Karavansara

East of Constantinople, West of Shanghai


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Egyptomania goes to the movies, a review

Last year I was paid 50 bucks by an Italian magazine to review books not available on the Italian market and related to the Horror genre1. I did it, and the reviews were so successful that my 50 bucks gig was not renewed for the second year – it was not worth the investment.

Now, my contract having been dead for over six months, I thought I’ll reprise here some of those reviews, expanding and revising the text.
Screenshot from 2018-08-22 13-13-12If you like them, you might consider buying me a coffee or supporting me on Patreon. Unless you did already, in which case, thank you.
Should there be any interest, I will go on with new reviews using the same format.
Let me know what you think in the comments, please.

For starters, here’s a bit about a very interesting non fiction book, called Egyptomania goes to the Movies . Continue reading


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Arthur Conan Doyle’s Mummies

It is Arthur Conan Doyle’s birthday!
The man that gave us Sherlock Holmes and Professor Challenger deserves a little celebration, and what better way to celebrate a storyteller than through his stories?
So here we go – a Ladybird Horror Classic, The Mummy, based on ACD’s own Lot n. 249.
Enjoy!

And here you can get the original, as an illustrated PDF, as published by Harper’s Magazine.

 


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Building a better Lost World

It’s been pointed out to me that it’s damn hard finding a paleontologist these days, not to mention a paleontologist versed in science fiction.
I never thought of myself as a rare commodity before.
And as luck would have it, right now I am revising The House of the Gods, my novel of a lost world in the Amazon Forest, filled with dinosaurs and action.
In ten days I’ll send the final draft to my publisher, and then we’ll see.

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But in the meantime, why not do a little paleontology/science fiction post about my preparation work for the novel?
I’m a rare commodity, but I can be had – for a price. Continue reading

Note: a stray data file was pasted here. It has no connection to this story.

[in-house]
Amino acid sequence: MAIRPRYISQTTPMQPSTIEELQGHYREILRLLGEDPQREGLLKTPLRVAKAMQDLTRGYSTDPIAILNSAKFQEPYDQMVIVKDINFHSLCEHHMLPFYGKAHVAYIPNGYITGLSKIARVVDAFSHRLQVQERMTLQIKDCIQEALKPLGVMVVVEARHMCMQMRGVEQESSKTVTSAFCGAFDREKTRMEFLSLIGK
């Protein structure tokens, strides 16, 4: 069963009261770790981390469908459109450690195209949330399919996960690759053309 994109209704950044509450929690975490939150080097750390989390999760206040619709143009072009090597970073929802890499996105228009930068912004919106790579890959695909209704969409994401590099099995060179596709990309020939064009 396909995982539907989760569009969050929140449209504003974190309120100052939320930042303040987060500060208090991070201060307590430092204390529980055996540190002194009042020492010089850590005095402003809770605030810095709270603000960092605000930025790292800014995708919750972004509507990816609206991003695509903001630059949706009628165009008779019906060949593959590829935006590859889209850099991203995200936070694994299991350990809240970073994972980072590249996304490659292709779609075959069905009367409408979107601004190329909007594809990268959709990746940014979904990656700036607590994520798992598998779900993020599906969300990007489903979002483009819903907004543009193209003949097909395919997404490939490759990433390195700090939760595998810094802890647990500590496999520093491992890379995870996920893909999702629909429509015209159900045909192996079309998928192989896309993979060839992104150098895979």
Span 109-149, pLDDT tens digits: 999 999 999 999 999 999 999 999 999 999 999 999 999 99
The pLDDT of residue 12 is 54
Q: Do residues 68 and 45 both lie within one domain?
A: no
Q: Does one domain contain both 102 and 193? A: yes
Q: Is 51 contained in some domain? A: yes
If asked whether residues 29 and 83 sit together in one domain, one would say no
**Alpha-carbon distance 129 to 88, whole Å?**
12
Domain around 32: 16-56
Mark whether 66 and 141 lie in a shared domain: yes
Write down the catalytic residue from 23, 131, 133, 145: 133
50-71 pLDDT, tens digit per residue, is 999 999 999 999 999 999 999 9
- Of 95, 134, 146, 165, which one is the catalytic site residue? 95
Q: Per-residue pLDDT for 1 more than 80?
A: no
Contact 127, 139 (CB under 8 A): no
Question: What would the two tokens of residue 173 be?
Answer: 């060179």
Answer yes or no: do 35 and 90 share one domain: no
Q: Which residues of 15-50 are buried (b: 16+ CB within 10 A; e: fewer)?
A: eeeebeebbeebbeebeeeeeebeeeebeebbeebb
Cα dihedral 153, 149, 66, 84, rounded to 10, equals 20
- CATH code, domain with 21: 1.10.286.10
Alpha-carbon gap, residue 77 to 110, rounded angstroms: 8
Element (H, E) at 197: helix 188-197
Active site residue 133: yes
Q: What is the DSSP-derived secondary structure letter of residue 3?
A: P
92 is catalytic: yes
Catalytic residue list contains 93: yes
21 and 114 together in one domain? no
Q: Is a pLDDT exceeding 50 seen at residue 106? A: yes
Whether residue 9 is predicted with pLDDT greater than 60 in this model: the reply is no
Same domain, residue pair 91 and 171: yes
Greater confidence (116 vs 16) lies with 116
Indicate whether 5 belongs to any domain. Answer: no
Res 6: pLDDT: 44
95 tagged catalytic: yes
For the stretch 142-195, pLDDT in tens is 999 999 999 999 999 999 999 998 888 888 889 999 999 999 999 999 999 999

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Other People’s Pulps: That Carruthers chap

… and then they ask you where your ideas come from.
I was looking up M. Y. Halidom last night.
Halidom was the alias of one Alexander Huth, that published a number of supernatural tales and novels in the late 19th and early 20th century.
I learned of his existence when I found out about the three volumes of Tales of the Wonder Club, a collection of “club stories” about a bunch of individuals that meet in a pub (the quaintly-named “Ye Headless Lady”) to trade strange and chilling stories.

A small clique or brotherhood, known as “The Wonder Club,” had been nightly in the habit of assembling here for years, and this served to bring grist to the mill. Some of the eminent men from the neighbouring village, among whom were the doctor, the lawyer, an antiquary, an analytical chemist, and others, had formed among themselves a club, which was to consist only of very choice spirits, like themselves, and if any guest were introduced among them, it was only to be with a letter of introduction and the full consent of all parties. By these strict rules they hoped to keep the club select. A room at the inn was set apart for them, into which no one not belonging to the club ever presumed to enter, unless it was the landlord, who would be called every now and then to[7] replenish the bowl, and whom sometimes the guests of the club would “draw out,” as it was whispered in the village that the landlord of the “Headless Lady” knew a rare lot of stories, he did; also how to tell ’em, too, my word! but these he generally reserved for his more intimate customers. One strict law of the club that we have not yet mentioned was that no guest invited was to be a “business man.”

The set-up is strikingly similar to Ike Asimov’s Black Widowers stories, but here the slant is towards the weird, the horrific and the supernatural. With a bit of humor thrown in for good measure.
And to make things more fun for collectors, Huth that was Halidom published the first book of the series under another alias, Dryasdust.

Interested parties can find an illustrated edition of the three volumes of Tales from the Wonder Club on the Project Gutenberg.
I will probably post on each of the three volumes separately. Continue reading


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The Haunting of Pemberley House

pemberley-coversmallThere was only one man who could write a pulp homage to gothic romance, dragging in references from Jane Austen to Edgar Rice Burroughs, from Sir Arthur Conan Doyle to Lester Dent, and beyond, while making it deliciously naughty.
And that man was, of course, the late lamented Philip José Farmer.